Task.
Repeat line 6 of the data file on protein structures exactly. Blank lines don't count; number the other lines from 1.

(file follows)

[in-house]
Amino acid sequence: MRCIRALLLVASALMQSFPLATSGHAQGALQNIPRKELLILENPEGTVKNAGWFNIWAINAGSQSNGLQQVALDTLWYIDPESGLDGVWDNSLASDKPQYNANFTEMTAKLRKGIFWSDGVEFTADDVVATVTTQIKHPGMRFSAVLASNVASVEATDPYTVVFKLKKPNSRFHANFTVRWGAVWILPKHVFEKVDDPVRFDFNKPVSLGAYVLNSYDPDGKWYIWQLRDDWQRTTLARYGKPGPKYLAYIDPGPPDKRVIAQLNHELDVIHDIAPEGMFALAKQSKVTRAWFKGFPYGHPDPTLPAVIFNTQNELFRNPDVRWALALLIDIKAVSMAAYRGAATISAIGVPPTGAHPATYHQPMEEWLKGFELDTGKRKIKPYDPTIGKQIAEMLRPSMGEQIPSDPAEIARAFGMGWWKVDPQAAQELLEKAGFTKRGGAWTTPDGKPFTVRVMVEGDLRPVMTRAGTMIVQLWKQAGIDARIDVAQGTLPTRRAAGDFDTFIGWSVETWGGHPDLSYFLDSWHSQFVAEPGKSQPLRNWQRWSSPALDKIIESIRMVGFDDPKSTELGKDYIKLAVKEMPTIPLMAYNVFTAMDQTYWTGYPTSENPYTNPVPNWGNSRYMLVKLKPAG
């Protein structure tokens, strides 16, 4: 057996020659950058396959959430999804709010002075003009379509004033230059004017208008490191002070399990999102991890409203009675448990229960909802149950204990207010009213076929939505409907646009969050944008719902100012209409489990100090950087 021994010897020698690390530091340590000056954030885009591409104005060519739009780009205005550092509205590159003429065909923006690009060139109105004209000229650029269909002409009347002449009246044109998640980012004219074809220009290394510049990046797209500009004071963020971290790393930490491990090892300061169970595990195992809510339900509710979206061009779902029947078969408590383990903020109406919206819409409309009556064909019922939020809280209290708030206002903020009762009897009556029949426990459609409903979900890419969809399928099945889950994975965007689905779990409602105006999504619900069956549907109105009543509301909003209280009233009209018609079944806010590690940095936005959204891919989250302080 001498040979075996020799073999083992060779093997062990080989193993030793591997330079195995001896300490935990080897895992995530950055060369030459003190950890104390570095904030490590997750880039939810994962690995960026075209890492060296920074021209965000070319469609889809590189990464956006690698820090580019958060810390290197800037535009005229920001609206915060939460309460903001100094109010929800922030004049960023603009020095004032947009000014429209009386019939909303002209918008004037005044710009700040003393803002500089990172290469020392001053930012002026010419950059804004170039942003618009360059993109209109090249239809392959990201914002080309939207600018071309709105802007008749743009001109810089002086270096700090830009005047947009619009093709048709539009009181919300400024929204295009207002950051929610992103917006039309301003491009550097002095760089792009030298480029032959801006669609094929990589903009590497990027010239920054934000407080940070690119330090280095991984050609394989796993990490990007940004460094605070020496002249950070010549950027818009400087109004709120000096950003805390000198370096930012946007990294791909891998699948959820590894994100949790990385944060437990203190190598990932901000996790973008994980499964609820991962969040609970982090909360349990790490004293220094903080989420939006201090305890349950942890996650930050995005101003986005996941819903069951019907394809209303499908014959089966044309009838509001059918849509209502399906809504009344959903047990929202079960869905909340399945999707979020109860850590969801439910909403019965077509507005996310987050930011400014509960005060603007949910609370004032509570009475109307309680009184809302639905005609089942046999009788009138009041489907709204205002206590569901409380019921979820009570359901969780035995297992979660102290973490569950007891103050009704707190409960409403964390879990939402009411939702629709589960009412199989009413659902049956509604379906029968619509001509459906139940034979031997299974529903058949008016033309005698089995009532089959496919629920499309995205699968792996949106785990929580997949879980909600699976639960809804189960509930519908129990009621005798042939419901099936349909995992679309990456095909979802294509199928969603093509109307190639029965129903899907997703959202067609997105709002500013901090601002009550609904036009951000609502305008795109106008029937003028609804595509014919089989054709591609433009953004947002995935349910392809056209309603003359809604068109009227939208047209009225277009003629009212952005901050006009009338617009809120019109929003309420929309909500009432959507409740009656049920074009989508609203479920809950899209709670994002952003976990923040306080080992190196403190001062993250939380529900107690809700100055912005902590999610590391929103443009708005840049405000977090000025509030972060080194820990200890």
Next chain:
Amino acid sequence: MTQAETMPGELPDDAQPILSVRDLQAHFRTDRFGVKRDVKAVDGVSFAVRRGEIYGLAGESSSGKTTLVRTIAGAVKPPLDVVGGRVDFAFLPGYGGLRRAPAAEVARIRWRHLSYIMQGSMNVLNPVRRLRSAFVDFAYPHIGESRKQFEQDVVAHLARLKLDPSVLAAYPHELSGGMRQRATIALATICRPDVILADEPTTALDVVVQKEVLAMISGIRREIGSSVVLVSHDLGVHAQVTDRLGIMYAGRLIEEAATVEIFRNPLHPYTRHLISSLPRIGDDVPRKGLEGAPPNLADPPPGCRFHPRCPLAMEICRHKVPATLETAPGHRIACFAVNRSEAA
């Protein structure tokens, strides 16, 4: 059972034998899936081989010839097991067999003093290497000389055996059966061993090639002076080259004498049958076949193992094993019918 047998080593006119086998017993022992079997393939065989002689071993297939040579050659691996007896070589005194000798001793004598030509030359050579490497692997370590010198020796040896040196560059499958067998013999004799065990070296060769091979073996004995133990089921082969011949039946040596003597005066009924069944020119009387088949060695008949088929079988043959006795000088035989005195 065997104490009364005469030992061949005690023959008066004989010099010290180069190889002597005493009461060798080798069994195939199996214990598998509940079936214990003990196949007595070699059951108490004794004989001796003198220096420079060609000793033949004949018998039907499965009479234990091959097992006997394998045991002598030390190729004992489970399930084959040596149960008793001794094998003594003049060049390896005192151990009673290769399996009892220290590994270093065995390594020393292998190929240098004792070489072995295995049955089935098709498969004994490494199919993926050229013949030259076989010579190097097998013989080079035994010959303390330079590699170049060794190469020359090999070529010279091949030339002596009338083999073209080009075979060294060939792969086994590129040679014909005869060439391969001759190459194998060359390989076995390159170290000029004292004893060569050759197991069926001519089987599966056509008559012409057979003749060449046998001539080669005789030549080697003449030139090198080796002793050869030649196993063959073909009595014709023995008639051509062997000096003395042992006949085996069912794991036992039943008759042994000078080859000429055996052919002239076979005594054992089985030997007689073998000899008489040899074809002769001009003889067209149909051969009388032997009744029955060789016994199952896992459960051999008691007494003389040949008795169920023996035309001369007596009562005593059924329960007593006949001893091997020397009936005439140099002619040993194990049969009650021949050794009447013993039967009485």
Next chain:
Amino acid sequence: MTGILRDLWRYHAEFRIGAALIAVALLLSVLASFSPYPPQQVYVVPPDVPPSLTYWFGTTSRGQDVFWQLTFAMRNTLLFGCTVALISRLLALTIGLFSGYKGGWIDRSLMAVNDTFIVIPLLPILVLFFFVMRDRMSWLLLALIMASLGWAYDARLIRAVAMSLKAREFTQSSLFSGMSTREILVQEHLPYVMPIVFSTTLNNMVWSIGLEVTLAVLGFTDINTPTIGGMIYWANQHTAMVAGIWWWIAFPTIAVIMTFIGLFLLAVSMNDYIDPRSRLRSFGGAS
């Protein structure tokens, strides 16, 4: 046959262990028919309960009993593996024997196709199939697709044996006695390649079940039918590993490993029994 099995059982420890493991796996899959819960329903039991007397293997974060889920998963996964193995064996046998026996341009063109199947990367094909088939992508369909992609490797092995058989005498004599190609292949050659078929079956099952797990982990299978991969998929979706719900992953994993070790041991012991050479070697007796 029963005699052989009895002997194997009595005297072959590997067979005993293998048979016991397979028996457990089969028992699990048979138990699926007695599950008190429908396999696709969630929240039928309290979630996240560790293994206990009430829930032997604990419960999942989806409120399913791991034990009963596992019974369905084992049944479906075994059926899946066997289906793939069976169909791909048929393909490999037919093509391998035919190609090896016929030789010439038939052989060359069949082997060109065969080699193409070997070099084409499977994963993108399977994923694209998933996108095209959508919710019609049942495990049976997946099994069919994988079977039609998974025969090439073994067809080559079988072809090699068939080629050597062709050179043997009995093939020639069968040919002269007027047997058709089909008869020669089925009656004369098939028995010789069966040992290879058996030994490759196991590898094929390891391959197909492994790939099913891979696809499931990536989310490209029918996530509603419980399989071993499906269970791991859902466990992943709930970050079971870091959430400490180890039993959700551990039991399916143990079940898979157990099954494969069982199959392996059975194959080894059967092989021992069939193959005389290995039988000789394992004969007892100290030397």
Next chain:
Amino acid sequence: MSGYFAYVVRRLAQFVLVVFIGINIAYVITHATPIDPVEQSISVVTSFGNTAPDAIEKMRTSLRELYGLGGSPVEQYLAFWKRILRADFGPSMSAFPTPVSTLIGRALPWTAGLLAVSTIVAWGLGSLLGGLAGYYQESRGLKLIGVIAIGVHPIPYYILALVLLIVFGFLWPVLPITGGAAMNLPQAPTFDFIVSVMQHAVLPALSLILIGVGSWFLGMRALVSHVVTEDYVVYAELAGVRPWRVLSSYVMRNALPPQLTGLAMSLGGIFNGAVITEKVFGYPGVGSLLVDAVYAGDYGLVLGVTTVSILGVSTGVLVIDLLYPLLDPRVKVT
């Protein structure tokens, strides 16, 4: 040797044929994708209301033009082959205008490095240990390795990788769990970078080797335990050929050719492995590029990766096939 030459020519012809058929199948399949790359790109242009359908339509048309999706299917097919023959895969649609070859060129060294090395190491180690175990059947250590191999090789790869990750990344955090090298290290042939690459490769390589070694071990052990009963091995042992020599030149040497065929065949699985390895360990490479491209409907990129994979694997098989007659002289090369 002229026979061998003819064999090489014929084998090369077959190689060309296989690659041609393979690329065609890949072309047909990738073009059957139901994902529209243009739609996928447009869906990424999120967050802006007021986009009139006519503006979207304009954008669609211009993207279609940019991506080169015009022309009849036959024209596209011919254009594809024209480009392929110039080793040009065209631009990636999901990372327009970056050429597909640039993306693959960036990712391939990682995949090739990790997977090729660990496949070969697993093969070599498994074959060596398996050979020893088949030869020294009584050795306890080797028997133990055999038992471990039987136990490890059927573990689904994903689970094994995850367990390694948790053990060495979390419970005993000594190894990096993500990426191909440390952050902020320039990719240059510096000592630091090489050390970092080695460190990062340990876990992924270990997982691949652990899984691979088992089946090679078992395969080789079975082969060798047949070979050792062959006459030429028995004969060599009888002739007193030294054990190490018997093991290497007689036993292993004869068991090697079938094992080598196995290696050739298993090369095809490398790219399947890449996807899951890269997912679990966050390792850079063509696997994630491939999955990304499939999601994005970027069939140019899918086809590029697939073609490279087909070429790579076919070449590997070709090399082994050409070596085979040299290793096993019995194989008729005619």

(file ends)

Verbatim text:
């Protein structure tokens, strides 16, 4: 059972034998899936081989010839097991067999003093290497000389055996059966061993090639002076080259004498049958076949193992094993019918 047998080593006119086998017993022992079997393939065989002689071993297939040579050659691996007896070589005194000798001793004598030509030359050579490497692997370590010198020796040896040196560059499958067998013999004799065990070296060769091979073996004995133990089921082969011949039946040596003597005066009924069944020119009387088949060695008949088929079988043959006795000088035989005195 065997104490009364005469030992061949005690023959008066004989010099010290180069190889002597005493009461060798080798069994195939199996214990598998509940079936214990003990196949007595070699059951108490004794004989001796003198220096420079060609000793033949004949018998039907499965009479234990091959097992006997394998045991002598030390190729004992489970399930084959040596149960008793001794094998003594003049060049390896005192151990009673290769399996009892220290590994270093065995390594020393292998190929240098004792070489072995295995049955089935098709498969004994490494199919993926050229013949030259076989010579190097097998013989080079035994010959303390330079590699170049060794190469020359090999070529010279091949030339002596009338083999073209080009075979060294060939792969086994590129040679014909005869060439391969001759190459194998060359390989076995390159170290000029004292004893060569050759197991069926001519089987599966056509008559012409057979003749060449046998001539080669005789030549080697003449030139090198080796002793050869030649196993063959073909009595014709023995008639051509062997000096003395042992006949085996069912794991036992039943008759042994000078080859000429055996052919002239076979005594054992089985030997007689073998000899008489040899074809002769001009003889067209149909051969009388032997009744029955060789016994199952896992459960051999008691007494003389040949008795169920023996035309001369007596009562005593059924329960007593006949001893091997020397009936005439140099002619040993194990049969009650021949050794009447013993039967009485």